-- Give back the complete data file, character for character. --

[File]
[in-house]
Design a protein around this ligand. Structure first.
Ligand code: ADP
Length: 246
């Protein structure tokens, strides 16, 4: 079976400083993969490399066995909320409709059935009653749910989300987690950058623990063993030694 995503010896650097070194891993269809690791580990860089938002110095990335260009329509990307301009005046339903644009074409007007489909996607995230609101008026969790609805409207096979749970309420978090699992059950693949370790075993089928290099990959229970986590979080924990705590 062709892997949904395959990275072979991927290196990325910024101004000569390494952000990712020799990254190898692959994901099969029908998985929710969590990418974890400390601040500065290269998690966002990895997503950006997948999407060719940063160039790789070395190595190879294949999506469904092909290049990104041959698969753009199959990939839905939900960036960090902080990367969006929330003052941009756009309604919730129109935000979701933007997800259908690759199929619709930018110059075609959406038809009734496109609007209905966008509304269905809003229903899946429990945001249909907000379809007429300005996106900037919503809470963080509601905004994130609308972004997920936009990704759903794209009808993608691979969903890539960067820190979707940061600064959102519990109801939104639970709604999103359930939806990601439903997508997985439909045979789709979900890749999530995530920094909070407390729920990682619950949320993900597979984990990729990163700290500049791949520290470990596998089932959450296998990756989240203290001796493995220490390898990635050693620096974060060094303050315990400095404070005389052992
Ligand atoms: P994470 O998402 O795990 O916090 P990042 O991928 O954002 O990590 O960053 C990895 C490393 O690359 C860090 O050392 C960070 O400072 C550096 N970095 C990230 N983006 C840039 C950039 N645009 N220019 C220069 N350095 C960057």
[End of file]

[in-house]
Design a protein around this ligand. Structure first.
Ligand code: ADP
Length: 246
């Protein structure tokens, strides 16, 4: 079976400083993969490399066995909320409709059935009653749910989300987690950058623990063993030694 995503010896650097070194891993269809690791580990860089938002110095990335260009329509990307301009005046339903644009074409007007489909996607995230609101008026969790609805409207096979749970309420978090699992059950693949370790075993089928290099990959229970986590979080924990705590 062709892997949904395959990275072979991927290196990325910024101004000569390494952000990712020799990254190898692959994901099969029908998985929710969590990418974890400390601040500065290269998690966002990895997503950006997948999407060719940063160039790789070395190595190879294949999506469904092909290049990104041959698969753009199959990939839905939900960036960090902080990367969006929330003052941009756009309604919730129109935000979701933007997800259908690759199929619709930018110059075609959406038809009734496109609007209905966008509304269905809003229903899946429990945001249909907000379809007429300005996106900037919503809470963080509601905004994130609308972004997920936009990704759903794209009808993608691979969903890539960067820190979707940061600064959102519990109801939104639970709604999103359930939806990601439903997508997985439909045979789709979900890749999530995530920094909070407390729920990682619950949320993900597979984990990729990163700290500049791949520290470990596998089932959450296998990756989240203290001796493995220490390898990635050693620096974060060094303050315990400095404070005389052992
Ligand atoms: P994470 O998402 O795990 O916090 P990042 O991928 O954002 O990590 O960053 C990895 C490393 O690359 C860090 O050392 C960070 O400072 C550096 N970095 C990230 N983006 C840039 C950039 N645009 N220019 C220069 N350095 C960057």